Use Composer for Dataproc Serverless workloads

Let us continue to understand how to use Airflow for more awesome stuff — particularly to run Dataproc Serveless workloads.

For those of you who prefer to skip straight to the code snippets — go ahead and check out this guide with Github repo links

For the rest of you who would like to understand why this is even important in the first place — follow along to understand why we use Dataproc and how Cloud Composer can be used for running Dataproc jobs.

Dataproc helps users process, transform and understand huge quantities of data. It is used for everything from data lake modernization, ETL / ELT, to secure data science projects at scale. For e.g. consider a hospital triaging Covid-19 patients thousands by the hour, or a chat messenger trying to process millions of messages per second or the good old ecommerce website handling several hundred customer orders every minute. To start with, Dataproc can run jobs of different types: Pig, PySpark, Spark, Hadoop, Hive, SparkSql etc. Its fast, easy and cost-effective. Regardless of what your Data team might be using currently, there is a flavour supported as shown in this video

Dataproc is available in three flavors: Dataproc Serverless, Dataproc on Google Compute Engine, and Dataproc on Google Kubernetes Engine. Let’s zoom into the first one for now. Dataproc Serverless allows you to run PySpark jobs without needing to configure infrastructure and autoscaling.

The GUI for Dataproc Batches

Dataproc Serverless supports PySpark, Spark, SparkR and SparkSql batch workloads and sessions / notebooks. This means even small teams can go ahead and run PySpark jobs without having to worry about tuning infrastructure to reduce the montly cloud bills! :P Users can simply submit Spark code and properties for any customizations. Billing is only for the duration the job runs! Serverless spark works with both BigQuery and Cloud Storage. Users can also attach a Persistent History Server(PHS) (we will be covering how to do this) to view spark logs after the job is finished and the hive meta store as well. Once the job finishes everything is cleaned up, except the logs and persisted results.

As a Data engineers, for years, we have all spent time writing cron jobs, manually maintaining our dependencies and scheduling data ingestions or data transfers. But with the advent of the open source platform Apache Airflow, that can orchestrate the functionings of your data pipeline automatically, life sure has become easier. Instead of going to the Dataproc GUI to create these Batches, we will use Cloud composer and write DAGs to create those with the help of the operators for managing Dataproc Serverless batch workloads.

Let’s focus on DataprocCreateBatchOperator DAG within PHS would be added as a config — so pay attention.

Step 1: If not already, ensure you have enabled the Dataproc API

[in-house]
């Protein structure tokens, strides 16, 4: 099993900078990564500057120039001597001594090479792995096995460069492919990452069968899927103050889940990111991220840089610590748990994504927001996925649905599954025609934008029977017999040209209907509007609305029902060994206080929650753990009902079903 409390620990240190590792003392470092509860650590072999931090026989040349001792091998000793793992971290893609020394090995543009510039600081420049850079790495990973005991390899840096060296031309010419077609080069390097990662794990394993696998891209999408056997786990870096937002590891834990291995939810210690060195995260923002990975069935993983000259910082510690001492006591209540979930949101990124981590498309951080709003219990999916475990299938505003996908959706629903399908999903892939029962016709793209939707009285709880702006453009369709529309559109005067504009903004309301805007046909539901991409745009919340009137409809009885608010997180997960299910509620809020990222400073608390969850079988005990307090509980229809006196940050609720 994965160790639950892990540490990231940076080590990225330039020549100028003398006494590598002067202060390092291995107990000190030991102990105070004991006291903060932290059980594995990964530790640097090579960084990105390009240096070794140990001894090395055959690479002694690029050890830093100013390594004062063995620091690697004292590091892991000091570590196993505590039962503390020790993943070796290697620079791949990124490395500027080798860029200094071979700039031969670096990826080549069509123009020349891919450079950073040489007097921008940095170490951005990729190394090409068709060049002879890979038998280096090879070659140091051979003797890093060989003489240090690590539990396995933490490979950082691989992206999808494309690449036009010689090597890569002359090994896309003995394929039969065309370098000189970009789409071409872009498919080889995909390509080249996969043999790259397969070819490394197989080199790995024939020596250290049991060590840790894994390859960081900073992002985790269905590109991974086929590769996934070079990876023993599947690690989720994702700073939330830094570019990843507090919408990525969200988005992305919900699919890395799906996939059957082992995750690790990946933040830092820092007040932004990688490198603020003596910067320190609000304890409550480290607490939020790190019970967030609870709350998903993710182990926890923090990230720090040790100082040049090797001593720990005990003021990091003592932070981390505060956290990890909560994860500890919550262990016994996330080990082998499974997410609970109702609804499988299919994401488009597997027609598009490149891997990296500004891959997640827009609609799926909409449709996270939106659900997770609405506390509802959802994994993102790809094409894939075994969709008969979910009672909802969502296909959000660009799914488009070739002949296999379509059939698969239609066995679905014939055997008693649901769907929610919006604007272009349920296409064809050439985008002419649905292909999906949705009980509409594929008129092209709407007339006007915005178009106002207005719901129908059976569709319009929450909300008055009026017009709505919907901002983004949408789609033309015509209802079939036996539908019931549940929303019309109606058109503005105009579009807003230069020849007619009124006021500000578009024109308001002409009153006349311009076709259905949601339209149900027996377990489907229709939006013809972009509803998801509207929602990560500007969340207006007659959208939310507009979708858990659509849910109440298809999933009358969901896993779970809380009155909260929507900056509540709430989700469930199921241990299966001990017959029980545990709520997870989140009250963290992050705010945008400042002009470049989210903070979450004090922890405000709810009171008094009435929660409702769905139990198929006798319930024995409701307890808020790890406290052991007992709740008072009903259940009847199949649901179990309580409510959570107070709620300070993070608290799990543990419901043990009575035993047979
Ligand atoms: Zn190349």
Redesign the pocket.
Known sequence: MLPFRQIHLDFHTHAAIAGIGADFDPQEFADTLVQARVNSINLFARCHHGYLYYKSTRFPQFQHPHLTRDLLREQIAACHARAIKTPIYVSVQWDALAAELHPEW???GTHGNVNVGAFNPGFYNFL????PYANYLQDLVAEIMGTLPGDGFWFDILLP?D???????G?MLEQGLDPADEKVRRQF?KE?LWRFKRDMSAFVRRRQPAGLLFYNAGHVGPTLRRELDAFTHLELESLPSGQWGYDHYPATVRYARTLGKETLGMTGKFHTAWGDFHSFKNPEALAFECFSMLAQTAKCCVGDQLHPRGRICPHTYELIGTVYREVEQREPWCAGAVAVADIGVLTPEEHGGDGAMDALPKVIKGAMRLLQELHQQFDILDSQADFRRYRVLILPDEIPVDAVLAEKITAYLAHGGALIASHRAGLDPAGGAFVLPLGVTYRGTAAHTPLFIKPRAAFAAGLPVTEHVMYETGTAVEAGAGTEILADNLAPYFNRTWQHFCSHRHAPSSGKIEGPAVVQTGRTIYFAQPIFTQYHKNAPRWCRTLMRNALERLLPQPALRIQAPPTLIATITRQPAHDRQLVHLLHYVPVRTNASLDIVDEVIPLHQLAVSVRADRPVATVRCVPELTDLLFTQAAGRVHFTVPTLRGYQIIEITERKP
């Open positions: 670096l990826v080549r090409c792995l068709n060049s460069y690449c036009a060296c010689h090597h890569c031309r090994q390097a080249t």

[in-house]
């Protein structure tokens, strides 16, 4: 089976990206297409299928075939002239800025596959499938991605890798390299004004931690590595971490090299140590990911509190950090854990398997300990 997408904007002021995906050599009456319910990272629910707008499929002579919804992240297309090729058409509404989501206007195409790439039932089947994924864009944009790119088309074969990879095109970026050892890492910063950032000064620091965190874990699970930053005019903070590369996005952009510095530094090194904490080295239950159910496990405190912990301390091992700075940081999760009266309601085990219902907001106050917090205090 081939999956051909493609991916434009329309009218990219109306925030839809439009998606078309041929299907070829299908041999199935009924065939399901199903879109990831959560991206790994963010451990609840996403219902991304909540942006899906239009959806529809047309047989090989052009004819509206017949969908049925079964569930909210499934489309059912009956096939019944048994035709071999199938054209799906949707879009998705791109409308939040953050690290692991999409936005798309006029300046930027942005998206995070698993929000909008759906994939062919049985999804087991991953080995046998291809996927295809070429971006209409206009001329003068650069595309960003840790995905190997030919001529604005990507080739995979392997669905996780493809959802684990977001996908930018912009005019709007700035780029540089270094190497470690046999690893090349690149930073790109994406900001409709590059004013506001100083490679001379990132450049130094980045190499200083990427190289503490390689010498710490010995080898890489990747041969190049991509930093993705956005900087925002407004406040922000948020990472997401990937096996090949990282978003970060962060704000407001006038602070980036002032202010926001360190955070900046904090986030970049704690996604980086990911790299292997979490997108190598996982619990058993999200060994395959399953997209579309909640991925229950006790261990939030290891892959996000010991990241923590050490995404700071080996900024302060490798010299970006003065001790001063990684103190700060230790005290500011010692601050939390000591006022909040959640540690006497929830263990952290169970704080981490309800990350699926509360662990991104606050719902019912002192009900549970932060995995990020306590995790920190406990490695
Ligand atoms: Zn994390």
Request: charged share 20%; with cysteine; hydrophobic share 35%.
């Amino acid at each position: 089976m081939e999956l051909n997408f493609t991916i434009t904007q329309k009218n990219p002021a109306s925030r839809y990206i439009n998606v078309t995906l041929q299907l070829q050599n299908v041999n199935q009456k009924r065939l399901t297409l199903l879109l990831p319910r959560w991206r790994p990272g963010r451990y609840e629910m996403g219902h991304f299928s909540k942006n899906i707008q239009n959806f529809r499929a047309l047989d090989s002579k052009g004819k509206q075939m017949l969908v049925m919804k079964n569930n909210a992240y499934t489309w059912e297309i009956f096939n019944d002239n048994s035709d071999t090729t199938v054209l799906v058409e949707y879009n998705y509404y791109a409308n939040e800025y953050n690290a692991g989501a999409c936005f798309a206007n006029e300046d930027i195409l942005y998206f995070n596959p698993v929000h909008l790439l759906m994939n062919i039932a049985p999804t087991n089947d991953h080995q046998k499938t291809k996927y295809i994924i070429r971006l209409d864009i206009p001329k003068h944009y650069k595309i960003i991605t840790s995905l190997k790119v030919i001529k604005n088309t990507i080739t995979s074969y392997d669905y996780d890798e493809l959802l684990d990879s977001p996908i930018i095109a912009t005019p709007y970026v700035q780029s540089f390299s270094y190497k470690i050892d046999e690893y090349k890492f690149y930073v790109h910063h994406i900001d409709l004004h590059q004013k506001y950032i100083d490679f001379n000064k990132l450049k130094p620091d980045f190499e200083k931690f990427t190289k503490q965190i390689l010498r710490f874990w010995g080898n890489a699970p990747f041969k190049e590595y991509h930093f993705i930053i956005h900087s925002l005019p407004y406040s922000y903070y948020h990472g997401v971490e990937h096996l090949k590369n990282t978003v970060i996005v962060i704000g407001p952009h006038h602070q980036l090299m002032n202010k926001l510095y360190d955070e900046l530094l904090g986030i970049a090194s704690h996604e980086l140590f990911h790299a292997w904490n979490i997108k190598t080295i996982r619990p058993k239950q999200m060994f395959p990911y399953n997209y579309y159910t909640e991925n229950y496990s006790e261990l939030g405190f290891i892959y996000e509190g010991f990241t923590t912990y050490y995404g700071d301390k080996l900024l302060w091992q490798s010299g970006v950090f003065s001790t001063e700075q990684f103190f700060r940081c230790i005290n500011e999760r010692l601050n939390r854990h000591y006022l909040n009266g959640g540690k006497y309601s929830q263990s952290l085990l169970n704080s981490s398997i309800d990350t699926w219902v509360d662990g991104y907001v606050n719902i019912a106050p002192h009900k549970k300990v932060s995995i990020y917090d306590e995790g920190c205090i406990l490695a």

gcloud services enable

and the Cloud Composer API in your projects.

Step 2: Create a storage bucket or use an existing one — note its name and region.

Step 3: Save any pyspark script to a local file named For example, you can use the sample pyspark script and upload this file to the bucket you chose in Step 2.

Step 4: Create a single node server using the following command and add its name as the “phs_cluster” :

gcloud dataproc clusters create cluster-name \
--region=region \
--single-node \
--enable-component-gateway \

In the UI you should be able to see:

Step 5: Import the Dataproc Operators

from import ( DataprocCreateBatchOperator, DataprocDeleteBatchOperator, DataprocGetBatchOperator, DataprocListBatchesOperator)

Step 6: Now let’s set a few Airflow variables

Step 7: Run this DAG in Airflow just like how we learnt to in the last post.

The DAG above uses the DataprocCreateBatchOperator which creates a Batch in the Dataproc GUI, to run the Spark job. As you may have noticed, we have also used the Spark-Bigquery connector! It is this simple. The DAG would create a Batch in the Dataproc and run the Unless this batch is deleted either manually or via a DAG that deletes it, this batch would continue to exist under ‘Dataproc Batches’ GUI.

Step 8: To understand the spark job using PHS, go back to the Dataproc single node cluster and click on it to see:

Now click on Web-interfaces and select Spark — History Server to see PHS in action. This is really cool, trust me.

We can see that it takes us to a new tab where all the applications of Spark you created in the past are listed here. On choosing any one of them to dive deeper you would be able to see the following detailed Event Timeline as well as the jobs completed. To anyone who has been using Spark on-prem and is eager to find out the exact areas where the pipeline can be optimized, this is crucial.

There’s much more that we can do with Composer, stay tuned!



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Julian Joseph

Julian Joseph

Google Cloud platform advocate to help people do cool stuff with data, engineering and ML.